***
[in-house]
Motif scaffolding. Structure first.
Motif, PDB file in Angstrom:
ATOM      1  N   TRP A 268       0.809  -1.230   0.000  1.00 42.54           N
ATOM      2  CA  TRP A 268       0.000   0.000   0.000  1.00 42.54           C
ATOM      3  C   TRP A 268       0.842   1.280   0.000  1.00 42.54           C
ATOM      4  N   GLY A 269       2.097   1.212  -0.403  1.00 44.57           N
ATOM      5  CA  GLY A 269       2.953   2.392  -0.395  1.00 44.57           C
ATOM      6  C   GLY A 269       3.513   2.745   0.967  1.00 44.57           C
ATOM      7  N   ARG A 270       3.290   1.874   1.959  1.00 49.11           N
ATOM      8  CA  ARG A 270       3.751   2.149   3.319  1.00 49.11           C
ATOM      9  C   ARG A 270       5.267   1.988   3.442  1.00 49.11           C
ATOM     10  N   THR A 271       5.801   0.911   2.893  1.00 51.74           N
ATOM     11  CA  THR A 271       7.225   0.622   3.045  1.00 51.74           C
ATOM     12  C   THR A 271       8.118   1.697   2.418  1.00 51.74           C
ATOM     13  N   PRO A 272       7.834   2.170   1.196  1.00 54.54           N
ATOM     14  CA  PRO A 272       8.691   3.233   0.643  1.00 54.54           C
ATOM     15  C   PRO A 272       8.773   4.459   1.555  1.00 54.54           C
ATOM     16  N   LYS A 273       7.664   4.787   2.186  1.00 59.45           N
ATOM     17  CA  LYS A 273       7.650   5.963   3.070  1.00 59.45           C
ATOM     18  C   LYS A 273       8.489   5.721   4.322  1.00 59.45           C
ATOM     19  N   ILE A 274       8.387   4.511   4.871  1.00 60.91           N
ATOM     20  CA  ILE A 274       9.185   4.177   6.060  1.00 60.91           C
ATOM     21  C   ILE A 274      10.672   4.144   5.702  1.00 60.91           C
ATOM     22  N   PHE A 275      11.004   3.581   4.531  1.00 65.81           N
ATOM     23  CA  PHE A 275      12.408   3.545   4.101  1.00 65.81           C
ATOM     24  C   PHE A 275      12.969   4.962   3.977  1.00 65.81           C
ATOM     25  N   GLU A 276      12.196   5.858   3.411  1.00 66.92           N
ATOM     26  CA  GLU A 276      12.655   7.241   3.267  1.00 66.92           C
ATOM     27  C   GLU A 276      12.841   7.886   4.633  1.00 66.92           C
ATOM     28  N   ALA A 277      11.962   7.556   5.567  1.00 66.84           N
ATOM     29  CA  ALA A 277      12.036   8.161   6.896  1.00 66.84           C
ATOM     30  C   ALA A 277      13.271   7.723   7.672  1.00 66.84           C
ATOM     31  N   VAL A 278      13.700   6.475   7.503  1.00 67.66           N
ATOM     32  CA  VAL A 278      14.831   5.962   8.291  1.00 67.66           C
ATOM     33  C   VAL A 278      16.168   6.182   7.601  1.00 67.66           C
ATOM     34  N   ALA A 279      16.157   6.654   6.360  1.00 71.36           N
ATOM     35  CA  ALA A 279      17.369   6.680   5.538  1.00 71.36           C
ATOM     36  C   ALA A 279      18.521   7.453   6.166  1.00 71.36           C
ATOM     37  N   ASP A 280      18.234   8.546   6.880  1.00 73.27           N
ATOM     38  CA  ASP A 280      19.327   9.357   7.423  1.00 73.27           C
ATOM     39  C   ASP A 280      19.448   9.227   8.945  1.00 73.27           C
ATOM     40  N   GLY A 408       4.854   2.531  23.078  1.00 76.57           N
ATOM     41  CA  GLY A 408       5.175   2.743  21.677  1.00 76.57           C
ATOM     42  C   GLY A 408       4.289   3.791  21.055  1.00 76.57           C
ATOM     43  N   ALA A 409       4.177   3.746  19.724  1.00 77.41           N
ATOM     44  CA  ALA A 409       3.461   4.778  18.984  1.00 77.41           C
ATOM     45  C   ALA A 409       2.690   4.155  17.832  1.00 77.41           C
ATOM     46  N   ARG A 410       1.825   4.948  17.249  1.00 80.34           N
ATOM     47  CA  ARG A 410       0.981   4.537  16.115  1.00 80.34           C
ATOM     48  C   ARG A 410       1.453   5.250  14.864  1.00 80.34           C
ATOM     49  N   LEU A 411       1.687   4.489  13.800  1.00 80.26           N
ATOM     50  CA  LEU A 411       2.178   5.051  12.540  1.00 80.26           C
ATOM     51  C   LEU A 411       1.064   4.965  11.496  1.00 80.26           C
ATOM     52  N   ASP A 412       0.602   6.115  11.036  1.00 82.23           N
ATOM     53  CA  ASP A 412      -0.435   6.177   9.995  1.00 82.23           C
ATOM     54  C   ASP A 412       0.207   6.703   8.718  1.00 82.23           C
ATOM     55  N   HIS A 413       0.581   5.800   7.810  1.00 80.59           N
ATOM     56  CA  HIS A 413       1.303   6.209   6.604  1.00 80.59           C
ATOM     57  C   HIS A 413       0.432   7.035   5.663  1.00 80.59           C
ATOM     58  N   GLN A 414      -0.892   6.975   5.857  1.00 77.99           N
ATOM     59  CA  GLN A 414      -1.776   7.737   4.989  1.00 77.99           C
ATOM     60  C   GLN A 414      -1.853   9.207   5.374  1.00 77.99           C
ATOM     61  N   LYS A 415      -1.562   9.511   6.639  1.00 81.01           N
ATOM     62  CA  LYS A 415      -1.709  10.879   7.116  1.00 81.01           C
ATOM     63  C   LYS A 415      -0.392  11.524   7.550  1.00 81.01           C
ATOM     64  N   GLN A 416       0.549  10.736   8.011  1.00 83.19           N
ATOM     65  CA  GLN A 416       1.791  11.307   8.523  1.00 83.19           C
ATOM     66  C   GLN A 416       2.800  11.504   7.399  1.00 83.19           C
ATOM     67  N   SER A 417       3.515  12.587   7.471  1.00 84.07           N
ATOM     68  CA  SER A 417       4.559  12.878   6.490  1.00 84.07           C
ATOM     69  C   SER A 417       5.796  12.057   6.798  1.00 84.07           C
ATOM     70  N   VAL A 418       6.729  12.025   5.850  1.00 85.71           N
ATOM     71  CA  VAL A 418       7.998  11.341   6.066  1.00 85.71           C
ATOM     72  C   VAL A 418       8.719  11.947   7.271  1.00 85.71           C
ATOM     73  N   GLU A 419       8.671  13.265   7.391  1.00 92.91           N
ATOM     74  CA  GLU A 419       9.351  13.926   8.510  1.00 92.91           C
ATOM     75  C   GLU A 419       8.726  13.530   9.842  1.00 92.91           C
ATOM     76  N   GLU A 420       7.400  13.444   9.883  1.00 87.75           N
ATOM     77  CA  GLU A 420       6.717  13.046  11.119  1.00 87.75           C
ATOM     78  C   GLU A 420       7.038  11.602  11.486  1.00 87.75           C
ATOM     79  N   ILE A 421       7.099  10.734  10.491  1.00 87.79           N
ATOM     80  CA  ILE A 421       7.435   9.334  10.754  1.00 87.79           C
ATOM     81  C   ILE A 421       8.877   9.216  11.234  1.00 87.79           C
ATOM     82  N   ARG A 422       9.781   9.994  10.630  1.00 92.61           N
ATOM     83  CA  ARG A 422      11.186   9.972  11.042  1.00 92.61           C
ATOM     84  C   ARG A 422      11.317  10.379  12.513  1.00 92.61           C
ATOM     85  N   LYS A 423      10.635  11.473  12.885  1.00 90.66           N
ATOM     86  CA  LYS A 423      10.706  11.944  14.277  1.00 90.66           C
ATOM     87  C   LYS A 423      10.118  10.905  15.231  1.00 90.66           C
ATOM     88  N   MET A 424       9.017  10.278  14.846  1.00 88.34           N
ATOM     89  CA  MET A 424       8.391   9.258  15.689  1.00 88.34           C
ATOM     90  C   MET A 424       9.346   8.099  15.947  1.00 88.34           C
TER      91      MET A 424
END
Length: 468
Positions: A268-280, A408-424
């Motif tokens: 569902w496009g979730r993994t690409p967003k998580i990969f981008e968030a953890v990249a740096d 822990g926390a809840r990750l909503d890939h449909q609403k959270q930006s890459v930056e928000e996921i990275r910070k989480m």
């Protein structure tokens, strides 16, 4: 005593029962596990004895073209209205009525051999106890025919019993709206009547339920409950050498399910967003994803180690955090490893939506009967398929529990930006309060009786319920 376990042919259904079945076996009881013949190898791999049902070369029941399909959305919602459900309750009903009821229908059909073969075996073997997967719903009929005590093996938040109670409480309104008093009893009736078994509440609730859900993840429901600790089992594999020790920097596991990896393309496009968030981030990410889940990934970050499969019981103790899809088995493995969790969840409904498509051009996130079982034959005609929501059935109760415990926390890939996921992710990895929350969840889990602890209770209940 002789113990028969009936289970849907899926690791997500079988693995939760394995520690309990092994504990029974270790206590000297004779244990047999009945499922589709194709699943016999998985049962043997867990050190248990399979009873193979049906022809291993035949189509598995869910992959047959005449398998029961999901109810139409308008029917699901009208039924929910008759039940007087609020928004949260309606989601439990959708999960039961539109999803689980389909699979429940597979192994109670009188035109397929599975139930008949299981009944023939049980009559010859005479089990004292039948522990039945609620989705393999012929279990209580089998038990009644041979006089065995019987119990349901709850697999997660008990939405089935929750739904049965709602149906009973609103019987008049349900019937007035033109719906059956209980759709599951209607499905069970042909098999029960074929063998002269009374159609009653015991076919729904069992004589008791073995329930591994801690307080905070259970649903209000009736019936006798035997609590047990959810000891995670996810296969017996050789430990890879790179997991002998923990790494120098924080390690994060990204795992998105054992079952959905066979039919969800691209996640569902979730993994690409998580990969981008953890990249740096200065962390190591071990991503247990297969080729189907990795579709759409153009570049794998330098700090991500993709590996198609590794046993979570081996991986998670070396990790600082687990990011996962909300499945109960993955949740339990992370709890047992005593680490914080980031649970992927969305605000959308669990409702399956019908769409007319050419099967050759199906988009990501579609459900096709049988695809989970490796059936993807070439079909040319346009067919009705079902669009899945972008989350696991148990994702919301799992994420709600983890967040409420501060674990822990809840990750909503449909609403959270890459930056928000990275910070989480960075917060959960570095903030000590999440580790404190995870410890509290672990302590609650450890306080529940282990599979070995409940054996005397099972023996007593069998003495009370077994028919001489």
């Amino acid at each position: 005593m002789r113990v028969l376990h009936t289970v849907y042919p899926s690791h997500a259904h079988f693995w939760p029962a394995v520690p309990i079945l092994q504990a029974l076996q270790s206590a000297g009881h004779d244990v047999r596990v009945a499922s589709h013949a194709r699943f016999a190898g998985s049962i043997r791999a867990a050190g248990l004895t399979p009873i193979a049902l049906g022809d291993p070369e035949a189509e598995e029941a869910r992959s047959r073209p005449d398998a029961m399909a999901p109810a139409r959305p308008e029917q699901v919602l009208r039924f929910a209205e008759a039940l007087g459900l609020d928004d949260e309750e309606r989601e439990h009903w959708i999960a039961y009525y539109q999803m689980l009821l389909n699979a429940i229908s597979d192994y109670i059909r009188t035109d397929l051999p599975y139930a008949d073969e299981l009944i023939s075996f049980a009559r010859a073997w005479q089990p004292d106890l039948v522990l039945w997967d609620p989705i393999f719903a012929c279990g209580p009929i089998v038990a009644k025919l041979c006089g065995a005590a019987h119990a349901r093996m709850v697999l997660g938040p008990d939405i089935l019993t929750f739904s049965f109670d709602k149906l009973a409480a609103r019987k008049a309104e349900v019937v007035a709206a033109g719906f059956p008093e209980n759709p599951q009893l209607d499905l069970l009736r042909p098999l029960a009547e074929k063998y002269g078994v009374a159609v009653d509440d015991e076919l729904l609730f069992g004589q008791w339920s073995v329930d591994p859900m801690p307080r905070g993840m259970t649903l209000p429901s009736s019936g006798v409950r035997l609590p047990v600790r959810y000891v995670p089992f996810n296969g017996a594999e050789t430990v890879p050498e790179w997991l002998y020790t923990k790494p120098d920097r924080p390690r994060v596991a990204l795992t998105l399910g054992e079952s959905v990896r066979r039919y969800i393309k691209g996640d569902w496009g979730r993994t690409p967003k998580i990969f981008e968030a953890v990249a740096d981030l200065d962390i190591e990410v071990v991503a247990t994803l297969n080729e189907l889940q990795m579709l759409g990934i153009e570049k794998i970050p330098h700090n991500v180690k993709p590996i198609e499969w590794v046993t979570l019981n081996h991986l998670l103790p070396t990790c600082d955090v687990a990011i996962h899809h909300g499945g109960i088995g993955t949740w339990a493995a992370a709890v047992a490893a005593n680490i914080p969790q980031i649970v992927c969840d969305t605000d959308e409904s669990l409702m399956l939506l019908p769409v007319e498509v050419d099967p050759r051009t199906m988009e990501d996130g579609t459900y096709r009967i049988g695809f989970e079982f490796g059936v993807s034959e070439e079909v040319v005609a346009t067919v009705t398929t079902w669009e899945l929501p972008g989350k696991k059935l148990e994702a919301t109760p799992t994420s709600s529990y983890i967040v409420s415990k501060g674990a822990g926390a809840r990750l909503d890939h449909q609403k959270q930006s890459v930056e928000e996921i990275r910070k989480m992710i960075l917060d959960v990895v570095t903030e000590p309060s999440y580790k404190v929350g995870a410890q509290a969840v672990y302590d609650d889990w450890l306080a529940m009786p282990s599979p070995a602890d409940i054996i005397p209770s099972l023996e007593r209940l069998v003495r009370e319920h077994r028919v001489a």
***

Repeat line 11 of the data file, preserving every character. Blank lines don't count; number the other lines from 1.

ATOM      8  CA  ARG A 270       3.751   2.149   3.319  1.00 49.11           C